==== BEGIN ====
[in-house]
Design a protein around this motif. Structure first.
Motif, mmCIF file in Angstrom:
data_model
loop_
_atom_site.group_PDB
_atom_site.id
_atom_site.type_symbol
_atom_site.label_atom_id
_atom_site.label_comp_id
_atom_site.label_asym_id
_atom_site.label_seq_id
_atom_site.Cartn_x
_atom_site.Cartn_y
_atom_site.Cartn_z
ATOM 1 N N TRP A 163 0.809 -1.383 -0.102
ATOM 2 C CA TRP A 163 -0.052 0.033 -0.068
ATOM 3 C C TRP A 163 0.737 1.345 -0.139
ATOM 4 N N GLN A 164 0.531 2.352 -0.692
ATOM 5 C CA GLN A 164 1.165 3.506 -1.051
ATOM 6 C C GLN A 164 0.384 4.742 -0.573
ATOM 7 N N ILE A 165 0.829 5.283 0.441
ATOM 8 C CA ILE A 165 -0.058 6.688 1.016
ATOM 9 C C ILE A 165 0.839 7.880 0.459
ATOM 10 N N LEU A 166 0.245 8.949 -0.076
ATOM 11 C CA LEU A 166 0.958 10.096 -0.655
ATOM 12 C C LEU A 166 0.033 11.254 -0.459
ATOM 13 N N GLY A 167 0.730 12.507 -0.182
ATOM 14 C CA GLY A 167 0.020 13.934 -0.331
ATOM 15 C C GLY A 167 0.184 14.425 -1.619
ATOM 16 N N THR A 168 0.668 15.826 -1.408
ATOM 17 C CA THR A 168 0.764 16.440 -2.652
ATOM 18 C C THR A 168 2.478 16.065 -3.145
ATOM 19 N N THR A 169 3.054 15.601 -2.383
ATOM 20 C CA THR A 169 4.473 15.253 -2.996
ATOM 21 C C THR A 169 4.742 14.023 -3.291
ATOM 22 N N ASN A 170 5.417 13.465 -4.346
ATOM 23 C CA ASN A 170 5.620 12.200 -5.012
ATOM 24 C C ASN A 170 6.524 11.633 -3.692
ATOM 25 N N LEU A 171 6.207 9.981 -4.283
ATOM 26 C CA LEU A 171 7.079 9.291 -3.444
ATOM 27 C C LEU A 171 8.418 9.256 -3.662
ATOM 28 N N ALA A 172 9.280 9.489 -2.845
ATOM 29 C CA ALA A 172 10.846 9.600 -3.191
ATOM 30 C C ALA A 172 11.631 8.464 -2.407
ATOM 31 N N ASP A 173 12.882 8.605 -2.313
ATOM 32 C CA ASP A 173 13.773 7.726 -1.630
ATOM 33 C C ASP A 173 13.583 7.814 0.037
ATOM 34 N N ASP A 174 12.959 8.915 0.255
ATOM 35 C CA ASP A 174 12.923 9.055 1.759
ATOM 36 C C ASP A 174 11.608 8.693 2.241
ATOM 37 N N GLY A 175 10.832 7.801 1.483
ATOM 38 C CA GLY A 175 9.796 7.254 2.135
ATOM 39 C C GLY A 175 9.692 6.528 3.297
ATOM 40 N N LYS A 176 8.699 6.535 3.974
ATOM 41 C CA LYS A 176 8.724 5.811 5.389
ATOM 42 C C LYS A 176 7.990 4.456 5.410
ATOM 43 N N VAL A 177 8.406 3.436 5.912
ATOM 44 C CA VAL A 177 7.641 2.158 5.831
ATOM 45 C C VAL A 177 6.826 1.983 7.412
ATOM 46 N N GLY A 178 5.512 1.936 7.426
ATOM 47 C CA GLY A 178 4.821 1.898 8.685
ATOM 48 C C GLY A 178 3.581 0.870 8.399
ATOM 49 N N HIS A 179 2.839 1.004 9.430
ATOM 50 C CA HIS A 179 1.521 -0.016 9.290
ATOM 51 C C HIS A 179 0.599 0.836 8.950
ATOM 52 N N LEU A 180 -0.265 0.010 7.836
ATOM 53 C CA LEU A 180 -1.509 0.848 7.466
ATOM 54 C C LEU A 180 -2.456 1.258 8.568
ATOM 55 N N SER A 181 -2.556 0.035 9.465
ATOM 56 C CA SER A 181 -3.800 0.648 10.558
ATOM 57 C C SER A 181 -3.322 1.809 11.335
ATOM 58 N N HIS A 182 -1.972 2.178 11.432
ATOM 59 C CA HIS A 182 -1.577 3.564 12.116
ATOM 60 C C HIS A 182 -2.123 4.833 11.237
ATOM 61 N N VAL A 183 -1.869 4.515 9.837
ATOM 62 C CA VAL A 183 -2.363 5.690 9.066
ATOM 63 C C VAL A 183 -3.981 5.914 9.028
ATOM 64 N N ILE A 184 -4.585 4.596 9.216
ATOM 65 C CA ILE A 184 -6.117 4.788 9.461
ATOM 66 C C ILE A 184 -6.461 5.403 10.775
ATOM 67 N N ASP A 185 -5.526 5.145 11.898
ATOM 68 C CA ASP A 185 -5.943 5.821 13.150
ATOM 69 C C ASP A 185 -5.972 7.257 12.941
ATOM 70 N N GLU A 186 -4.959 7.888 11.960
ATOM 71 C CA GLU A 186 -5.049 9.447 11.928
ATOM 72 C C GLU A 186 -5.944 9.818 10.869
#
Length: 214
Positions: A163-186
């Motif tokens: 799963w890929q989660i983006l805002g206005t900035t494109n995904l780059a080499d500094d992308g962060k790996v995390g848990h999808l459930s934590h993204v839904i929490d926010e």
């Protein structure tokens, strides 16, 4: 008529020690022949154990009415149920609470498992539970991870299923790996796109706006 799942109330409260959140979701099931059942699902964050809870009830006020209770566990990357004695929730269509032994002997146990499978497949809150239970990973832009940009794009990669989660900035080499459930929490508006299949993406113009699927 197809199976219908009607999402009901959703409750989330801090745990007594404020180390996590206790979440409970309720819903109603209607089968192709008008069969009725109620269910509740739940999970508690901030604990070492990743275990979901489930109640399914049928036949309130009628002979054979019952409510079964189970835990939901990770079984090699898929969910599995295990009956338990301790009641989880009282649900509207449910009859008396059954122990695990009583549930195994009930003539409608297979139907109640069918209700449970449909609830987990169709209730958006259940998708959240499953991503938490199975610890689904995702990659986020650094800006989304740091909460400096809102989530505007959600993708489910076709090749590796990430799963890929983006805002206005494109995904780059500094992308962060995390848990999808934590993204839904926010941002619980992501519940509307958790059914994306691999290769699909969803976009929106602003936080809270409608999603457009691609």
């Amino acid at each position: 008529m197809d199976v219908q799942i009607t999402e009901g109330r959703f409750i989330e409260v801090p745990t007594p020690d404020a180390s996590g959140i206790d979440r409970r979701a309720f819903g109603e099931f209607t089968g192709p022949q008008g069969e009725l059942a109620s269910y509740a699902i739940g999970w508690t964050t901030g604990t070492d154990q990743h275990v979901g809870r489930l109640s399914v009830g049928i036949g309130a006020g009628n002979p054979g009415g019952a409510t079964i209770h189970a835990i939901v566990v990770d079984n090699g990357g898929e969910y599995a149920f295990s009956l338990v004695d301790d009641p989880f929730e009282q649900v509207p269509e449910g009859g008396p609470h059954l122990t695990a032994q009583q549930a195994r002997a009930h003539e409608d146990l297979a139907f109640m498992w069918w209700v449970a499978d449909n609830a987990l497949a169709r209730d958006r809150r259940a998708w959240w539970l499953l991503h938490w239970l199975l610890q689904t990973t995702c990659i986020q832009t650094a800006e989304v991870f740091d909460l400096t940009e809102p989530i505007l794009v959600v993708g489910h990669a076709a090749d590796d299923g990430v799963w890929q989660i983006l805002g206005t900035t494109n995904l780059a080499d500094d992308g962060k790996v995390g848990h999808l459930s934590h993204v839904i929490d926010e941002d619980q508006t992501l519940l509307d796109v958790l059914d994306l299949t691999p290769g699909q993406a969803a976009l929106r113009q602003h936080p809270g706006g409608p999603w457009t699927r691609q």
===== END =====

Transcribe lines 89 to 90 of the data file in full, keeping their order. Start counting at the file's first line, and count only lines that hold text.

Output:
Length: 214
Positions: A163-186